Author Study: Jacqueline Woodson
Students will be able to compare and contrast the themes, settings, and plots of stories written by the same author.
- Introduce the class to the concept of an Author study. Share that an author study is a lesson that gives them the opportunity to dive deeply into a specific author's life and books.
- Explain that they'll work in groups to explore some of the similarities and differences in books written by Jacqueline Woodson. They will Compare, which means looking for the things that are the same, and Contrast, which means they will look for the differences.
Explicit Instruction/Teacher modeling(10 minutes)
- Go to Jacqueline Woodson's website, and share a picture of her with the class. Explain that she is a famous African American author, who has written books for both children and adults.
- Explore her author website to share more information about her, specifically focusing on the All About Me section on the lefthand menu.
- Share that Jacqueline Woodson is also an activist, and many family members that came before her have also been involved in civil rights efforts. Provide a student-friendly definition of Activist(a person who works to make important changes). Take time to explain that civil rights are freedoms for people. Provide some historical context if time allows.
- Display the books written by Jacqueline Woodson that will be used for today's lesson. Give students time to look at the covers and turn and talk to a partner about what they think the books will be about.
- Ask students to think about which books will be similar, and which will be different from the others. Prompt them to explain their thoughts with the class.
Guided practise(25 minutes)
- Divide the class into groups of three students and assign each group one of Jacqueline Woodson's titles. Give them a copy of the book.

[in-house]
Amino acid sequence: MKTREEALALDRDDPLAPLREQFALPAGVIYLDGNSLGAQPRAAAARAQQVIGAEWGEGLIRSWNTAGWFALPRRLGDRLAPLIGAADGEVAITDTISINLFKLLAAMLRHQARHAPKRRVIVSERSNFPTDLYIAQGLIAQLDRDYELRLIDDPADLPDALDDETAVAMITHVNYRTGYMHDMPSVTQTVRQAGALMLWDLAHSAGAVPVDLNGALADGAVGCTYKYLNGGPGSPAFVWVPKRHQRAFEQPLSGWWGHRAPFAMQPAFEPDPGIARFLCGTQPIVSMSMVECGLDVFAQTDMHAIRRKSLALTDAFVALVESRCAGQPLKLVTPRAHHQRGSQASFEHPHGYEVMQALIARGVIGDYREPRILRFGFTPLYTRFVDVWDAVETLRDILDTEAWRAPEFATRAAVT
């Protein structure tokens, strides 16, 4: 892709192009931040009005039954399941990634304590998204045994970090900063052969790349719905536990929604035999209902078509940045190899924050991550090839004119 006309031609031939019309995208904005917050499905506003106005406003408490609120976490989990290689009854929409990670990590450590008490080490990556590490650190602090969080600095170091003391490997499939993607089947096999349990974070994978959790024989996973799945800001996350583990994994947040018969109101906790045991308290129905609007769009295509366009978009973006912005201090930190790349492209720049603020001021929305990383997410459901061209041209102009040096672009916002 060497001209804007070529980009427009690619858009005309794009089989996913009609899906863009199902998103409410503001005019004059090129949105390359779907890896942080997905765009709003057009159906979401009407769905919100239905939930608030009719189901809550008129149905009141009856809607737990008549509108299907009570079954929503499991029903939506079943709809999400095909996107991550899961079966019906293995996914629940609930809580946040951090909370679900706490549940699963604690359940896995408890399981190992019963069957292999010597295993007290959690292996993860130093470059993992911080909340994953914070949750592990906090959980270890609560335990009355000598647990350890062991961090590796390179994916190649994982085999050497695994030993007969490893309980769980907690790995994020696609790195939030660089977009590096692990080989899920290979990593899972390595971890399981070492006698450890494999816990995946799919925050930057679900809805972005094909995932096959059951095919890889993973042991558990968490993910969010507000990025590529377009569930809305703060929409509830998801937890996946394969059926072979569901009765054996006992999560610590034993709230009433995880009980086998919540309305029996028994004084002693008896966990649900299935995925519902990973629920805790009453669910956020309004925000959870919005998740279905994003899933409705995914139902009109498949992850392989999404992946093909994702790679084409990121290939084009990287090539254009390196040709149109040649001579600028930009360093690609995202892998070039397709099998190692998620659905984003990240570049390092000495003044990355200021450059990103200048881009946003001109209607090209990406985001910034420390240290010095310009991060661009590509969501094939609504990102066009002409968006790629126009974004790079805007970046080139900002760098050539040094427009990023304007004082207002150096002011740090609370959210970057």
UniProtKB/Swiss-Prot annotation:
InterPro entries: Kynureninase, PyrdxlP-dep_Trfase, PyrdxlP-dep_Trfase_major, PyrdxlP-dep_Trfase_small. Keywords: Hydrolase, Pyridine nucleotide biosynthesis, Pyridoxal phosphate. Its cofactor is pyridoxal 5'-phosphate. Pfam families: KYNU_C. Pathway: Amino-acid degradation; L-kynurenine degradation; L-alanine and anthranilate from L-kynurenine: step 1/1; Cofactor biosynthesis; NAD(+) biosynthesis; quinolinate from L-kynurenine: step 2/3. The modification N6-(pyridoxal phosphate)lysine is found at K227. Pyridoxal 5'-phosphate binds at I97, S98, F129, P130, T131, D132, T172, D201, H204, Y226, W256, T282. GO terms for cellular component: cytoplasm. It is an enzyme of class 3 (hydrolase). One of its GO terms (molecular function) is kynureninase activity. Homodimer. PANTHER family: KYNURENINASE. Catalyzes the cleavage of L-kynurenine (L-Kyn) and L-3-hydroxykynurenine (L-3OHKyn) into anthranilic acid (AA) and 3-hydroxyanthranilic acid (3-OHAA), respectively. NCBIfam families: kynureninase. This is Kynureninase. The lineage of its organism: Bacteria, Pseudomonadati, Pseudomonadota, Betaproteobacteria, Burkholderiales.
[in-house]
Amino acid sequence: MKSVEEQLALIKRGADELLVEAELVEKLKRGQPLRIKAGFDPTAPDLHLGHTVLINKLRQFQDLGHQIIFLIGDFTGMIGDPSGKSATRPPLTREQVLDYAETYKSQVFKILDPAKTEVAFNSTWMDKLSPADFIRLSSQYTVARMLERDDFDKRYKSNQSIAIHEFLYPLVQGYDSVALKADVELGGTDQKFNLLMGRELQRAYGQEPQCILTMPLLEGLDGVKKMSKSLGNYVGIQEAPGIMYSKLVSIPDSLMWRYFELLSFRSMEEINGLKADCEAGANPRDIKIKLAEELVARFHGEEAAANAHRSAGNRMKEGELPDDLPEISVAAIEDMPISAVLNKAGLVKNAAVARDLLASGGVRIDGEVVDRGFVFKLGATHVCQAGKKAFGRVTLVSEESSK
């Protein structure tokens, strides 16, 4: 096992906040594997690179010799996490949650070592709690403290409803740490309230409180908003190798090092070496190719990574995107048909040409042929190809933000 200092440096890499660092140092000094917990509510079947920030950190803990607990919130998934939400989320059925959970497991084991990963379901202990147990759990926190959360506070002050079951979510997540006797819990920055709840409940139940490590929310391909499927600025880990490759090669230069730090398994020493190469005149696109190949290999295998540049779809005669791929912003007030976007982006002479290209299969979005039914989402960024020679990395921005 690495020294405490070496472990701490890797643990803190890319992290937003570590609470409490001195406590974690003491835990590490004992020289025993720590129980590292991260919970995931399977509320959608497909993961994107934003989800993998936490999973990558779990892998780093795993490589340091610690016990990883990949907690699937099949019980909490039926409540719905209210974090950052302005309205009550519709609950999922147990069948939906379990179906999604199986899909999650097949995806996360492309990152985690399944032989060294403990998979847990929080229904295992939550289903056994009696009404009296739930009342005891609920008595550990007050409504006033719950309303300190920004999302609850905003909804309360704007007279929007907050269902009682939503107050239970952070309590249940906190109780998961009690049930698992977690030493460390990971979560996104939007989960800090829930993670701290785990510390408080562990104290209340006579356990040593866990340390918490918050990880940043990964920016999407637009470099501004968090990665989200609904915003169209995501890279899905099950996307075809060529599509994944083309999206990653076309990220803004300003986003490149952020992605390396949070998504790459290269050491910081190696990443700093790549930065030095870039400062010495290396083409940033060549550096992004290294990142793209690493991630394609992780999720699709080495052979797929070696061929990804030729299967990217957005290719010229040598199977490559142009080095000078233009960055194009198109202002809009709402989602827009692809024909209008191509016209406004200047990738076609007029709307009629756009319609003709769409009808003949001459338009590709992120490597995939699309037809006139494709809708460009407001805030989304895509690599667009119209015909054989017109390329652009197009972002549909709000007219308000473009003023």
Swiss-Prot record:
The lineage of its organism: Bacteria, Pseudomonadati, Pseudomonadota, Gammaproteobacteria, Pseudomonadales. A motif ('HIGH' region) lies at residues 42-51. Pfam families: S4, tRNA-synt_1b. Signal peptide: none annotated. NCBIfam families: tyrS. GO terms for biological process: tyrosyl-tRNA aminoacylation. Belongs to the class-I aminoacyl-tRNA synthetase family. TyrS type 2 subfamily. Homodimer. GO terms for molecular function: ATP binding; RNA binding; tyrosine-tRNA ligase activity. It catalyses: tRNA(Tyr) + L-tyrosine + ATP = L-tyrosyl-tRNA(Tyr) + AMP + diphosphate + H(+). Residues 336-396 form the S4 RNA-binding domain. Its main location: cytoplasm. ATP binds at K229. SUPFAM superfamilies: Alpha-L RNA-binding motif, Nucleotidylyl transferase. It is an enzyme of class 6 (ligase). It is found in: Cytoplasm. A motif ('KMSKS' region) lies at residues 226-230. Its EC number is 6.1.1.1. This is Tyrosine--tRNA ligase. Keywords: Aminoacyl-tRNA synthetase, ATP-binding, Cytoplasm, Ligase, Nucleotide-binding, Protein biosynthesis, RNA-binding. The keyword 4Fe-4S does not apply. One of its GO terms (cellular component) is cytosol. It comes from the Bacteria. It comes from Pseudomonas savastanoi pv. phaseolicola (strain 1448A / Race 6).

- Explain that each group will read their picture book by Jacqueline Woodson together, and then complete a graphic organizer to help them record the important story elements. Distribute a copy of the Story Rollercoaster graphic organizer to each individual and go over the parts of the graphic organizer with the class.
- Give students time to read their picture book together in their groups and complete the graphic organizer.
- Tell the class that the groups will share their book with the rest of the class by explaining the information on their worksheet. Challenge the entire class to be thinking about which books are similar to and different than the other books they are hearing about during these presentations.
Independent working time(25 minutes)
- Combine two groups to make a group of six students so that the new group has two books on which to focus. Tell the class that they will read the two picture books together in their group and then complete a graphic organizer to compare and contrast the two stories.
- Distribute a copy of the Compare and Contrast Elements of a Story worksheet to each student.
- Give students time to read their books and complete their graphic organizers together as a group.
- Pair students with a supportive partner who will help them through completing their graphic organizers.
- Provide sentence frames for students to complete as they share about their picture book.
- Put students into mixed ability groups to provide assistance with reading the picture books aloud.
- Pre-teach lessons with the Story Rollercoaster graphic organizer and the Compare and Contrast Elements of a Story graphic organizer to ensure students are familiar with the skills and organizers.
- Have students compare and contrast three picture books by Jacqueline Woodson.
- Challenge students to work in partnerships and learn more about Jacqueline Woodson's life as an author.
- Collect students' Compare and Contrast Elements of a Story worksheets to assess their proficiency in comparing and contrasting two fictional stories.
- Ask students to write one thing that they noticed about the topics, themes, or characters that Jacqueline Woodson writes about in her stories. Instruct them to include evidence that supports their statement.
Review and closing(5 minutes)
- Have students share their observations about the topics, themes, or characters that Jacqueline Woodson writes about in her stories with a partner, and then the whole group.
- Hold a discussion about why they think Jacqueline Woodson is an award-winning author.